American Beauty 2 Essay Research Paper A

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American Beauty 2 Essay, Research Paper A tall thin singer/model poses for the cover of a magazine. Her hair is long and flowing. Her eyes are a mixture of hazel and green; her almond skin accentuates her petite nose and perfectly shaped lips. Her name is Vanessa Williams and as a former Miss America, she is a role model for young African-American s. Her almond skin is the ideal shade, it s not dark enough to be black, but it is dark enough to be exotic. Her hazel-green eyes are light, unlike the dark brown eyes of most African-Americans. Her long flowing hair is a feature most African-American women would die for. Vanessa has all the features that many African-American women want, and so she is considered the idea of beauty. An African-American s idea of beauty is to not

have any features that are African-American. You are seen as beautiful in America if you are an American Beauty . An American Beauty is usually blonde, with blue eyes and pale skin. Women all over the United States covet every detail of her existence. Especially African Americans. A woman sits in a bar and watches as handsome men pick-up her friends. Her friends, of course all have toffee colored skin. Her skin is the color of dark chocolate. She sits alone as her friends have a good time. Although her figure is near perfect and her hair and make-up are perfect, she is not approached. Even in second grade, competition was fierce among the long-haired, light-skinned girls in my second-grade class for the attention of boys. (Carolyn Edgar Black and Blue Mirror On America pp.79).

Dark skin is seen as an ugly feature in the African-American community. In Anne Rice s novel The Queen of the Damned, all vampires, including African vampires, become beautiful – meaning they become as white as alabaster. Toni Morrison explored the idea of beauty in her book The Bluest Eye. In the book an unhappy eleven-year-old girl wishes for blue eyes. She feels that blue eyes will make her beautiful, and that if you are beautiful, you have no more troubles. Throughout history, the whiter something is, the more beautiful it is perceived to be. In the 18th century people powered their faces in order to be as white as possible, even today, some women treasure their flawless, snow-white skin. In the fairy tale Snow White, the title character is seen as beautiful because her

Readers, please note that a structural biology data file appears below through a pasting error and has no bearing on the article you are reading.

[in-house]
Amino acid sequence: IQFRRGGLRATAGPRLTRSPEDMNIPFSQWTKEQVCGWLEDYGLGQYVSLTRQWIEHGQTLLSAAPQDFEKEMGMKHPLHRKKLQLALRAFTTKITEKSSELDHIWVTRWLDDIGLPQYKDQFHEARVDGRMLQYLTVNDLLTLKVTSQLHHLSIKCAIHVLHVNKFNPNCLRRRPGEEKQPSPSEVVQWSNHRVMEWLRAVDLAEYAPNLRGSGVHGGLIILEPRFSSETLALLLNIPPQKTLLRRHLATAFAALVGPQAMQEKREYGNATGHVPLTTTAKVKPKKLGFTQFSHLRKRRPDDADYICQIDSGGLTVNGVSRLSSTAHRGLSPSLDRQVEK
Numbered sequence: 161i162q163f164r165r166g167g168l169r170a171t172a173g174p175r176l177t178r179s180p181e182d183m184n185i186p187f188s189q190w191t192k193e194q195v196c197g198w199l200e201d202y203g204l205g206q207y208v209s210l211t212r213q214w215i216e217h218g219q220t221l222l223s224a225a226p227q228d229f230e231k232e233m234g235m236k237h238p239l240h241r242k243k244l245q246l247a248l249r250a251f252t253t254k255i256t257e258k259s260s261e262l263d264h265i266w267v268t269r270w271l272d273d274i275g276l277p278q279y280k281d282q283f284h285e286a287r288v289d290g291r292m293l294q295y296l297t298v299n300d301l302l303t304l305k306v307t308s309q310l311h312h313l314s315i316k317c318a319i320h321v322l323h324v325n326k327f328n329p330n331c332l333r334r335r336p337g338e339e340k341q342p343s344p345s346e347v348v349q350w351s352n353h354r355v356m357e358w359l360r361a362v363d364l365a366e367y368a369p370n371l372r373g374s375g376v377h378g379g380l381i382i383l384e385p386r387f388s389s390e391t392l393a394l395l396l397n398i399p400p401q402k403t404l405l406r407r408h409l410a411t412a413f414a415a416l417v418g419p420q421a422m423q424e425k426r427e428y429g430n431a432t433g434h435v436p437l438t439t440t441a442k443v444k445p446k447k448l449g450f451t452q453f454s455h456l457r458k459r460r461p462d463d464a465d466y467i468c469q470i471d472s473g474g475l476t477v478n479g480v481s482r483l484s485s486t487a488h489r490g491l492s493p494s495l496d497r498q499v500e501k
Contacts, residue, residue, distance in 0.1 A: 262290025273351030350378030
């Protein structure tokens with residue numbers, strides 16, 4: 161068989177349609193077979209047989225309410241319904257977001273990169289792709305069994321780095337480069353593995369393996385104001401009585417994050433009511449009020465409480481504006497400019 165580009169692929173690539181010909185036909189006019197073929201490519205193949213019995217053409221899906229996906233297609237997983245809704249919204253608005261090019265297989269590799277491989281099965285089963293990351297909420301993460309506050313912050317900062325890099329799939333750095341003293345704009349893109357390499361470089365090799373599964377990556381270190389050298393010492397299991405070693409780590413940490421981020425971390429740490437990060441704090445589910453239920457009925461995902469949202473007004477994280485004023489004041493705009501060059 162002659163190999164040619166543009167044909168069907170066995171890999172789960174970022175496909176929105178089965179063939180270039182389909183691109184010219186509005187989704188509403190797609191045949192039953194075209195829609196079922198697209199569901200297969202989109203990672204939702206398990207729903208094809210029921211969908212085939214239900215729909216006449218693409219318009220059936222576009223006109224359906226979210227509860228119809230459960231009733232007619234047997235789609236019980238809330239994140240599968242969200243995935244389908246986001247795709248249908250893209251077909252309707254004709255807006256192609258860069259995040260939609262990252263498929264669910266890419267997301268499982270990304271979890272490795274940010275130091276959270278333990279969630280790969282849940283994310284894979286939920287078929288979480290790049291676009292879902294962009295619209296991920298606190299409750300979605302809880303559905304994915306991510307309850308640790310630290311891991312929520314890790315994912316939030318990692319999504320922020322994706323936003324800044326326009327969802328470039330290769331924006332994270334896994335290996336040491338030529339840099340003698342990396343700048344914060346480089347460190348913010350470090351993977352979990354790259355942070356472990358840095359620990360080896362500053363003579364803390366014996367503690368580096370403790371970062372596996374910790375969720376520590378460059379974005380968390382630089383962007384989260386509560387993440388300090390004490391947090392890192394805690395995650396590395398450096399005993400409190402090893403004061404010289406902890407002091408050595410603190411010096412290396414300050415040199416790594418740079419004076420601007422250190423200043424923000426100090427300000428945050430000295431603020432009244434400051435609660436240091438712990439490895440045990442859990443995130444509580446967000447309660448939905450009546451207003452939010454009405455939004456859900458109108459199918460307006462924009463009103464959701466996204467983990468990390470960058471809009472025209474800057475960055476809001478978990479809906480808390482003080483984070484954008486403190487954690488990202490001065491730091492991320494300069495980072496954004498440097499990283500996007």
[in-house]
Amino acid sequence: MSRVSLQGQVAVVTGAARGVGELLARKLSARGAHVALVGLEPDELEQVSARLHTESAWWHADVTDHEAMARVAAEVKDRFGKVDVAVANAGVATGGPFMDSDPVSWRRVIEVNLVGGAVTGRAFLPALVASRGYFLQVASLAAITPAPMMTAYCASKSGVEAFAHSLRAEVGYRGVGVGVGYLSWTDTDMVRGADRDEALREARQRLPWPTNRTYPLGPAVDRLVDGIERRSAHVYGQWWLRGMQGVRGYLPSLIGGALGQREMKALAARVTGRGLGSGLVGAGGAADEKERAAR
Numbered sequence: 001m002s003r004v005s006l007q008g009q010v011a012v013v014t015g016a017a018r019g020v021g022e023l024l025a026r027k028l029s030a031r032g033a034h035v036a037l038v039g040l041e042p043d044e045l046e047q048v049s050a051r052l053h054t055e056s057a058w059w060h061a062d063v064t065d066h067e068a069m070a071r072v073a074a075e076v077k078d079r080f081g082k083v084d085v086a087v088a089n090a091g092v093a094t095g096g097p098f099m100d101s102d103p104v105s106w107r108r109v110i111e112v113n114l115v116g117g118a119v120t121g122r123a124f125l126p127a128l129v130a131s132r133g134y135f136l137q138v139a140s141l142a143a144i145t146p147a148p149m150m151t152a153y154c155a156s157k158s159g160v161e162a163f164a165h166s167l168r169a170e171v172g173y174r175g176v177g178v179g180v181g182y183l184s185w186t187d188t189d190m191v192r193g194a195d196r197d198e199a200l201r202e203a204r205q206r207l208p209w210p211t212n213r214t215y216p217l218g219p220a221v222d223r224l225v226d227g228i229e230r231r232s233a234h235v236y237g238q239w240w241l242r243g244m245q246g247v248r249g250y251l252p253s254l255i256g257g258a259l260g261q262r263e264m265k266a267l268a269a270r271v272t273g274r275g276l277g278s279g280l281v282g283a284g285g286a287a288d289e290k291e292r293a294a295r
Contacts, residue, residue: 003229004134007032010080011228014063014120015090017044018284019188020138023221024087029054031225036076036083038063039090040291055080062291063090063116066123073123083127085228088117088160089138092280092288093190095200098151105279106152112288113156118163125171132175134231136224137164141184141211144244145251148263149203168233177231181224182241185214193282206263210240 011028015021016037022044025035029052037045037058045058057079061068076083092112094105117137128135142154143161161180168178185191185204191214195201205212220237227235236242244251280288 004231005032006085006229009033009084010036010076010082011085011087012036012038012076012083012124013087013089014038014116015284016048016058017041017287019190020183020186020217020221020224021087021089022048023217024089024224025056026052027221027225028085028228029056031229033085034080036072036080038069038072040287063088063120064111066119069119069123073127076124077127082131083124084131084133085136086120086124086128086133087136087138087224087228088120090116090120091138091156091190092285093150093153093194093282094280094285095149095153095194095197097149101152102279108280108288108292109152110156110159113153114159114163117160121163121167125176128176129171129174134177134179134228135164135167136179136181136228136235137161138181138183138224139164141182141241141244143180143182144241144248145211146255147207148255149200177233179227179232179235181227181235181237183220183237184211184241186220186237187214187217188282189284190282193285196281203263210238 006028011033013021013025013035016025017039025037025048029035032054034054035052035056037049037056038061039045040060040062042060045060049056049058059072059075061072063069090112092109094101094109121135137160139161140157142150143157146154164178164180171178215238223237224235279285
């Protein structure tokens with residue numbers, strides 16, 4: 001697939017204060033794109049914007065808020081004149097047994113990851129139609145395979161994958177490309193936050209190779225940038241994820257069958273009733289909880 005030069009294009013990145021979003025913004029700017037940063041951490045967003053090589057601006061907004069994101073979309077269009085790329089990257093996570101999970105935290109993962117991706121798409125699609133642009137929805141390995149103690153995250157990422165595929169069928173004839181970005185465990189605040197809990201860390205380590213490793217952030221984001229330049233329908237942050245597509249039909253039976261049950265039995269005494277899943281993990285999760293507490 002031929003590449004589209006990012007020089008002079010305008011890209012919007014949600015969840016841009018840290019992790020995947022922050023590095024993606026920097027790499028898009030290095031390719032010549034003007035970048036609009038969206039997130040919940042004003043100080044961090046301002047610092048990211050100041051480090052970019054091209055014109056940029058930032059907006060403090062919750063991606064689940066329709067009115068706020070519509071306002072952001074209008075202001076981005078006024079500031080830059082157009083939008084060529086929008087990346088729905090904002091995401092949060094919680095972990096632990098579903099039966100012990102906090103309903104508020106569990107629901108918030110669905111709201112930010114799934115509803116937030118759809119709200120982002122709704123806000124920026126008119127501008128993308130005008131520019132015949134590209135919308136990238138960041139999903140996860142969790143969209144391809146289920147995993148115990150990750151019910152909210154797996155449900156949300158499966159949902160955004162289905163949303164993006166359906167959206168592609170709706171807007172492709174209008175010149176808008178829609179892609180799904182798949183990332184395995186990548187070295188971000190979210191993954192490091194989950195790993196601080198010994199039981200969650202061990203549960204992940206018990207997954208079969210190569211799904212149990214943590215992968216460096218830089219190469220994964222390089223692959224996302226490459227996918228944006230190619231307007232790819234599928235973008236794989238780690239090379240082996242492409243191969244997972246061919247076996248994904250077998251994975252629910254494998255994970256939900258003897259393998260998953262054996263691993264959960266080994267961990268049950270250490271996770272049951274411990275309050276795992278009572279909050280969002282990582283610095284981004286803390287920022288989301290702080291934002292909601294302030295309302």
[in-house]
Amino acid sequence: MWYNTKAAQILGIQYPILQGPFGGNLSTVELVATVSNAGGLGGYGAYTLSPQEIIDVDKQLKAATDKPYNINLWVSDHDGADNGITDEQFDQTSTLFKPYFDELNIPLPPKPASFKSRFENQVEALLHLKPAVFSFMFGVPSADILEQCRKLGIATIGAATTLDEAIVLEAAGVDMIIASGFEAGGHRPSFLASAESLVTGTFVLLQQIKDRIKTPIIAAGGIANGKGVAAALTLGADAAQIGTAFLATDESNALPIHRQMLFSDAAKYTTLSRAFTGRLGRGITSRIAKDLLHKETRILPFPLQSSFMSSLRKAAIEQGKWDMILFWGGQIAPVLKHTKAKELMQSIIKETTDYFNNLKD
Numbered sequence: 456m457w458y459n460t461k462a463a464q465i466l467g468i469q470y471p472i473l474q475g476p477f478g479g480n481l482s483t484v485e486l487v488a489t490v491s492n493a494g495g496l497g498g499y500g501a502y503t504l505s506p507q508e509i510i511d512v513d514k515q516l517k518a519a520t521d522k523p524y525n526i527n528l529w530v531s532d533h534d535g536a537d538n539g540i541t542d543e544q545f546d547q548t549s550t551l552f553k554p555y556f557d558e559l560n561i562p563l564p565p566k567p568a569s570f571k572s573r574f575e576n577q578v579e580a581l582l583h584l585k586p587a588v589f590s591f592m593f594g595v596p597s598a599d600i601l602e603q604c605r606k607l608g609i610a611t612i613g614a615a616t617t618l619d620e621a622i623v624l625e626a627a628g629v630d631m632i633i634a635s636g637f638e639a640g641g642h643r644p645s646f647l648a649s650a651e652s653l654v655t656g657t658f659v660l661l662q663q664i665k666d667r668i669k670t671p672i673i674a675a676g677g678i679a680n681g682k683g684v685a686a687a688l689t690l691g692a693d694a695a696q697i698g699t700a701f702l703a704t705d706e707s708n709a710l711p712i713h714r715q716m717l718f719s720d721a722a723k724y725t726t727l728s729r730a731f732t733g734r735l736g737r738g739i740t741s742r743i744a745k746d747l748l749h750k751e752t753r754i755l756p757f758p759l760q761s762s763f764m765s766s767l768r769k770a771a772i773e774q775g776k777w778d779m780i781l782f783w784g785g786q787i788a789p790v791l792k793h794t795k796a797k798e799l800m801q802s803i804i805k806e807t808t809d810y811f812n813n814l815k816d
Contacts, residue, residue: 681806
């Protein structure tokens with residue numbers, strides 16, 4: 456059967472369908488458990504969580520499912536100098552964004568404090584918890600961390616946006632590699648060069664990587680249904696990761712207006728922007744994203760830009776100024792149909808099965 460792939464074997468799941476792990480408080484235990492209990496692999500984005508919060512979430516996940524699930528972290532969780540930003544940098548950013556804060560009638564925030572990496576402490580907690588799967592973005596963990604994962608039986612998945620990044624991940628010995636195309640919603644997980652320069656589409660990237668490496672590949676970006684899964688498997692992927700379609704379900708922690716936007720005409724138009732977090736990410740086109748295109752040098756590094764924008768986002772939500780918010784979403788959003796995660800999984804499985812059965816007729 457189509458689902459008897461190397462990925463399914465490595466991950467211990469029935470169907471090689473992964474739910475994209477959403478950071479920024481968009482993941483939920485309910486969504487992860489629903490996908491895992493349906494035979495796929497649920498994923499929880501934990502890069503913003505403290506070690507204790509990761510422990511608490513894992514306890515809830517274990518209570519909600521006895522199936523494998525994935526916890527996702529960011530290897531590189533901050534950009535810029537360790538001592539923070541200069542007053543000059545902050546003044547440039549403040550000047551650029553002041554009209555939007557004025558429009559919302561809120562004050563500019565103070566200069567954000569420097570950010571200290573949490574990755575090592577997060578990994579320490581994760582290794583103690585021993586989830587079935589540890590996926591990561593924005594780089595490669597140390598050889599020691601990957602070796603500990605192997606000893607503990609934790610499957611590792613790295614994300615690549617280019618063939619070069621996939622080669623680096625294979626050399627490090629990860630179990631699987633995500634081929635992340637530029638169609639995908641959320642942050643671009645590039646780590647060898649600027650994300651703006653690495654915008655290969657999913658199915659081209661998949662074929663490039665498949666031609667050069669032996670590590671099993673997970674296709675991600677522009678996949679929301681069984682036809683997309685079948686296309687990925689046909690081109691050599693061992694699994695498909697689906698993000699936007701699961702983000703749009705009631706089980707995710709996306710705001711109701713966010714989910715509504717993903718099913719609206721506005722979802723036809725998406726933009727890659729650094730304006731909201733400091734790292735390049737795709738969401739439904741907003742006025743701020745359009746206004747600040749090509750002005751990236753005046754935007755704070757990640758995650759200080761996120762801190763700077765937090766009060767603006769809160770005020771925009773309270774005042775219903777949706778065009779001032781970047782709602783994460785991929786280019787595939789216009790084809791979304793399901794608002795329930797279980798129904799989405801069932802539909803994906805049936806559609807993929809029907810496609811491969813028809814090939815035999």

skin is as white as snow. Even today, on the soap opera Passions an African American family shows favoritism to their lighter, thinner daughter. They raise the young woman to fit in the rich crowd by enrolling her in the country club, and giving her tennis lessons. Both parents dote on her and put all energy into making sure she is a well-groomed woman. Her younger sister, who is shorter, plumper and darker is often ignored and dumped in favor of her older sister. If she has a problem it will be put aside for her sister to have a tennis lesson. The younger sister has not received tennis lessons, and is not a member of the country club, she just a daughter, not a so-called role model like her sister. Although it may be a bit exaggerated for television, things usually happen that

way. In many cases I ve observed, a darker girl is shunned while her lighter sister is favored. African-American supermodels are always toffee colored or lighter, because that is what is seen as beautiful. Thandie Newton, one of the stars of Mission: Impossible II is a very light-skinned African-American. She is seen as beautiful by a lot of people, on the other hand Kimberly Elise, a woman who co-starred with Thandie Newton in Beloved, is just as young, but is not considered as beautiful. Kimberly Elise is a little darker than Thandie Newton, even in the movie Beloved, Thandie is chosen over Kimberly, both women whom are equally beautiful in my opinion. Dark skin in African-American females is perceived as an undesirable feature. Dark eyes are also undesirable on an